The population recovery of Kirtland's Warbler (Setophaga kirtlandii) is one of the most fascinating success stories of an endangered species in the past 60 years. As the author states, the story transcends the bird and its environment. By including the human dimension of recovery efforts, this book keeps the reader involved throughout what ends up being a catalogue of management and research accomplishments. Of particular interest are the personal descriptions of many key individuals that bring the story to life. Without these personal accounts, the book would be easy to put down, but as written, the story that spans several decades is captivating. This well-written book is divided into three parts: the past, the present, and the future.
In the first part, the author successfully uses historical events and people to describe the bird's natural history and the Jack Pine (Pinus banksiana) ecosystem in which it nests. It is in this section that vivid descriptions are given of the species’ discovery, song, and what it takes to find this gray-and-yellow warbler in young, thick stands of Jack Pines in northern Lower Michigan. Key events that defined recovery efforts across decades are described, using historical accounts to provide the point of view of key individuals such as Harold Mayfield and Lawrence Walkinshaw. One chapter is devoted to the problem of nest predation by Brown-headed Cowbirds (Molothrus ater; hereafter “cowbirds”) and how cowbird control contributed to stabilizing the population. This chapter introduces many of the key cowbird trappers and their unique perspective on efforts to save this species. Another significant event that is described well is the devastating Mack Lake Fire that took a life and the property of many residents. The negative attitudes that resulted from the fire helped draw attention to the importance of education and outreach programs in recovery efforts, which at the time had not been used. The people and actions of the outreach program were pivotal in getting the local community involved as part of the recovery effort. This integration resulted in a Kirtland's Warbler Festival to attract tourism into the area and fostered understanding on the importance of early-successional stages of the Jack Pine ecosystem to multiple species, not just Kirtland's Warbler.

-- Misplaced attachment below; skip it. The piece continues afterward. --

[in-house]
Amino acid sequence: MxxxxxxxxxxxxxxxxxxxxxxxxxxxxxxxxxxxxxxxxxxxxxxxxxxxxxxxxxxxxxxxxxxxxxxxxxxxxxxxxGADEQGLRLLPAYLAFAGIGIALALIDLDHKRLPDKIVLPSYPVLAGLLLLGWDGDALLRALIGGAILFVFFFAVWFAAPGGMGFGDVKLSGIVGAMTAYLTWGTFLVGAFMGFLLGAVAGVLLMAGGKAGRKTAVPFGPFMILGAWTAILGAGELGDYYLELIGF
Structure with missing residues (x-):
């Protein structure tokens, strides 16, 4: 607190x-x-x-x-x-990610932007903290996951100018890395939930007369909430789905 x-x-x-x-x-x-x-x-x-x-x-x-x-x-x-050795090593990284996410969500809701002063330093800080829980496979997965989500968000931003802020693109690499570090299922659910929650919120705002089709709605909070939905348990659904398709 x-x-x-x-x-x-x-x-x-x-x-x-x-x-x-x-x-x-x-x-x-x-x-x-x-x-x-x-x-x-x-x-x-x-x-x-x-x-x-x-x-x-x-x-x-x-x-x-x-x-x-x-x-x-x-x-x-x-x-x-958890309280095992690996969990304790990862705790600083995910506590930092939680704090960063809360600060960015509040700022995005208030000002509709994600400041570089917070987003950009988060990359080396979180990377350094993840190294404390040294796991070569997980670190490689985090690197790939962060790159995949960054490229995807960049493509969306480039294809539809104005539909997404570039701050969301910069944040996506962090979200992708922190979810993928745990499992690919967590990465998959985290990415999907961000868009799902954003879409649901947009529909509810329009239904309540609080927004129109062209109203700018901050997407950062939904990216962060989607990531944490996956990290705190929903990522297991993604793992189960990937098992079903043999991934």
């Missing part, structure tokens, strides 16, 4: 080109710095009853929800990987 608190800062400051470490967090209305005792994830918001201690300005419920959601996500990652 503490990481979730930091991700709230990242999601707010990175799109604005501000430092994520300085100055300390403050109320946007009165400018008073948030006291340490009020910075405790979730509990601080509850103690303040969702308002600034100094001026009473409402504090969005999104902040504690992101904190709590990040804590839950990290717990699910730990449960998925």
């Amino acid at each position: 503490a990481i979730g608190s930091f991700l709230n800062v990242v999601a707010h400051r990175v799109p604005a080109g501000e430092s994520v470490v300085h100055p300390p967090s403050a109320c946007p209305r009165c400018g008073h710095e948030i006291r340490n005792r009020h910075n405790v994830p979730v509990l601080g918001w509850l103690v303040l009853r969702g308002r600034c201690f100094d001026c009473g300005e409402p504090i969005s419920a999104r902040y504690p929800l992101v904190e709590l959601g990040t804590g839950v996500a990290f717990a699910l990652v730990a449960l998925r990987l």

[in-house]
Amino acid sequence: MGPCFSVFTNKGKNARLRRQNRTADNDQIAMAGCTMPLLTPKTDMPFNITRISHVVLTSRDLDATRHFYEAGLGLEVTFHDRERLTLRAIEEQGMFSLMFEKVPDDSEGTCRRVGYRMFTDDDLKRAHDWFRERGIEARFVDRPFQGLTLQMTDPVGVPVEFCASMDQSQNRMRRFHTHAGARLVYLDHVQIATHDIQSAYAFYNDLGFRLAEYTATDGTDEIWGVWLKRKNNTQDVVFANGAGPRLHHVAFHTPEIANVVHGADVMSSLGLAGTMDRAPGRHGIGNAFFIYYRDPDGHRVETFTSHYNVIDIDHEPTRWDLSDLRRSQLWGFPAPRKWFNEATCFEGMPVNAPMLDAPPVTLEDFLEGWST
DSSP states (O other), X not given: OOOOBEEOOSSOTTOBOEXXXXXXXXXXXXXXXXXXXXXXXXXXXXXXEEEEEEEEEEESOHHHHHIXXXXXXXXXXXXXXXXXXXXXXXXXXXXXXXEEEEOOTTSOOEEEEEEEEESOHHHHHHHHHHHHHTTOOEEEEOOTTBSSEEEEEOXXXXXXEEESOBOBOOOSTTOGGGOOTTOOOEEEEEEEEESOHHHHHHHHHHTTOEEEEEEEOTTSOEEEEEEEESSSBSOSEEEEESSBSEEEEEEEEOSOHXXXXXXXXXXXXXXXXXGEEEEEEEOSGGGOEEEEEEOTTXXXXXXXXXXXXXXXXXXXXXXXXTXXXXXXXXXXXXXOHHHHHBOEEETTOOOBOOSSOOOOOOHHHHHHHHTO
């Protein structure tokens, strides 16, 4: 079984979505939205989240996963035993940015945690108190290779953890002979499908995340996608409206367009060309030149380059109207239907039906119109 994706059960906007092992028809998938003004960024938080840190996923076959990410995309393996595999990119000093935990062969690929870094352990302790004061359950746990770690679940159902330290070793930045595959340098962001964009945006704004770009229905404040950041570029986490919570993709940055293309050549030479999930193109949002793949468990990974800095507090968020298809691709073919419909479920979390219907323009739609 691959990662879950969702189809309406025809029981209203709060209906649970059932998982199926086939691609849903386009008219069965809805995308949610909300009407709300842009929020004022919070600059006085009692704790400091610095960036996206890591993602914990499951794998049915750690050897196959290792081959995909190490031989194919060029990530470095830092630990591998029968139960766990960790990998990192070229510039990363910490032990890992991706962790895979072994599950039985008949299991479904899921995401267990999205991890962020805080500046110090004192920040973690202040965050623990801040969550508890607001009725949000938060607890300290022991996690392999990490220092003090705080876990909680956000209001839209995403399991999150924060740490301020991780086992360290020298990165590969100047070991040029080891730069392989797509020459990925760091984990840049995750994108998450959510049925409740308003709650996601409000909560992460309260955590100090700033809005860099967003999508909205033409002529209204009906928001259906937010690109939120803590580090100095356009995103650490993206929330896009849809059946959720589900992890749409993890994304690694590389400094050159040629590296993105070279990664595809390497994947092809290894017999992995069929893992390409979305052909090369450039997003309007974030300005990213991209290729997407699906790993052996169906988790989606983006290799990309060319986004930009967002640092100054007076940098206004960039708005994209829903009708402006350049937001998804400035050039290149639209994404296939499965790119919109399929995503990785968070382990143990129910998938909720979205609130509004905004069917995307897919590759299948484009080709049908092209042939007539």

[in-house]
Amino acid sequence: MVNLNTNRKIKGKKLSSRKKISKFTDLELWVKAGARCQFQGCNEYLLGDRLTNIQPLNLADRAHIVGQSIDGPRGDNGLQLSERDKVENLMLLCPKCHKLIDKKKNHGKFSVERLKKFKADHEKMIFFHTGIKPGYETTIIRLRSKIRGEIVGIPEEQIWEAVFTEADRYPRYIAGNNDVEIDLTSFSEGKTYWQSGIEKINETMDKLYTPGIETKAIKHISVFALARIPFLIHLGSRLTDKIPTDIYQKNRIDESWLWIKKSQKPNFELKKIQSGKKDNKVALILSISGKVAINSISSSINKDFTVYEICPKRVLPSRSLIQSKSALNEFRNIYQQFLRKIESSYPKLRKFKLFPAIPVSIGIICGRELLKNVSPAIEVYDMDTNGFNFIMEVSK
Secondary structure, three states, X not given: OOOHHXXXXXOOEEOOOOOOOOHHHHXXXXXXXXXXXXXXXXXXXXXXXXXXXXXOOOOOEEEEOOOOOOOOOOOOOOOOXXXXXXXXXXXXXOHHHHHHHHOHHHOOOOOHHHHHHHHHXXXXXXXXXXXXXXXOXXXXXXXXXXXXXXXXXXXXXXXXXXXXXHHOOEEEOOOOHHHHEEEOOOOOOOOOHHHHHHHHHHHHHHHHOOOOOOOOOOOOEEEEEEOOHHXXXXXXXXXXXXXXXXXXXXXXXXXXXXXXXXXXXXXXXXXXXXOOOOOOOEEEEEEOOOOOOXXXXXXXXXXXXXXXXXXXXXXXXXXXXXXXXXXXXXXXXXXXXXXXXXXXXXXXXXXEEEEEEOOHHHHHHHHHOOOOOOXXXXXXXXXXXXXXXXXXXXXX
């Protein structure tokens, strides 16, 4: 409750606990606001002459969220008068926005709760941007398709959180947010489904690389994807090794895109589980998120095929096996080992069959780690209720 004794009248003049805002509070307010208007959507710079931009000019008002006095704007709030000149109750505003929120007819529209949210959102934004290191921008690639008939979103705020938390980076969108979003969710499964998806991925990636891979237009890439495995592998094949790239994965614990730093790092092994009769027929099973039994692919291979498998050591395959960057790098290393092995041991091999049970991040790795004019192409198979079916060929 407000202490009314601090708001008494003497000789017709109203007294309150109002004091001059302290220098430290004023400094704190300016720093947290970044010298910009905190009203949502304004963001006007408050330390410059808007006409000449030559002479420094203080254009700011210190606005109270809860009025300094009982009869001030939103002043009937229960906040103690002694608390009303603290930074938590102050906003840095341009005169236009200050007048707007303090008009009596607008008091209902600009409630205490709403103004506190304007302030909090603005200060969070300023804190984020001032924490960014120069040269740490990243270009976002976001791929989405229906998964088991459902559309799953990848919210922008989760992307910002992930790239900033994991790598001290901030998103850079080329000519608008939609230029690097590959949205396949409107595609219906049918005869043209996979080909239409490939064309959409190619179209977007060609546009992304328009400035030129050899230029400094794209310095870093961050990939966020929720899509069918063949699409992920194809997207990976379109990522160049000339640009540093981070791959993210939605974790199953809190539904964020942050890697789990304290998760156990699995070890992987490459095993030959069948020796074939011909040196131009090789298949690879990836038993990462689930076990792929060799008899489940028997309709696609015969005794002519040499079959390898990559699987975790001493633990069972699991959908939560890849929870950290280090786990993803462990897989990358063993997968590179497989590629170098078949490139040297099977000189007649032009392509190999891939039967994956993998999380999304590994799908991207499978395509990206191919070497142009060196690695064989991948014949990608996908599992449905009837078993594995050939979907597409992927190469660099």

In the second part, the focus shifts to describing present-day research. This research is targeting winter habitat in the Bahamas. Research efforts are linking the winter and breeding habitat to better understand the current pressures on the species. The descriptions of challenges that face researchers in a foreign country that has unusual land-ownership laws are particularly interesting, as are the personal stories about finding this bird in remote areas. It is in this section that the annual census is introduced, and personal stories of volunteers who have contributed to this effort for many decades are given. By using the story of a young conservationist from the Bahamas, the author is able to touch on the larger picture of today's conservation efforts between countries and agencies with different agendas, and he shows how one person can make a difference in conservation efforts in the Bahamas. Perhaps most satisfying in this section is the chapter on conflict resolution. Again, the examples presented on key conflicts help make the story even more extraordinary.
The last part, on the future, is the shortest and least developed. The future of Kirtland's Warbler is definitely uncertain, given efforts to delist and the unknowns associated with a changing climate, but the final stages of the story seem incomplete. However, the fairly new idea of establishing trust funds for conservation-reliant species such as Kirtland's Warbler is presented well, and maybe that is the end of the story so far.
By the end of the book, the reader truly begins to understand why so many people come from all over the world to view this warbler. A common thread among individual accounts presented here is the excitement and thrill of finding the elusive Kirtland's Warbler and, once found, the surprise that these birds are quite “friendly.” Although the book is not meant to be a historical documentation of events and individuals, I feel that the failure to mention the contributions of John R. Probst is a major oversight. Dr. Probst, a retired Forest Service researcher, played an integral role on the recovery team for almost 30 years. His many publications on breeding habitat requirements at stand and landscape scales, population limiting factors, and pairing success were important scientific contributions. If the goal was to display the passion that individuals who worked with this bird showed, then Dr. Probst's devotion over decades could have easily been incorporated into the past and present sections of the book.
Though written for the lay person, there are enough historical accounts and information that biologists, ornithologists, and conservationists will find the book useful. This book will make good reading in a graduate seminar on endangered species, policy, and human dimensions. In addition, many readers of this journal and birdwatchers who travel great distances to see this rare bird will find a place on their shelves for this book because the story about the influence of a small bird on communities from two countries and on the careers of many individuals is truly fascinating.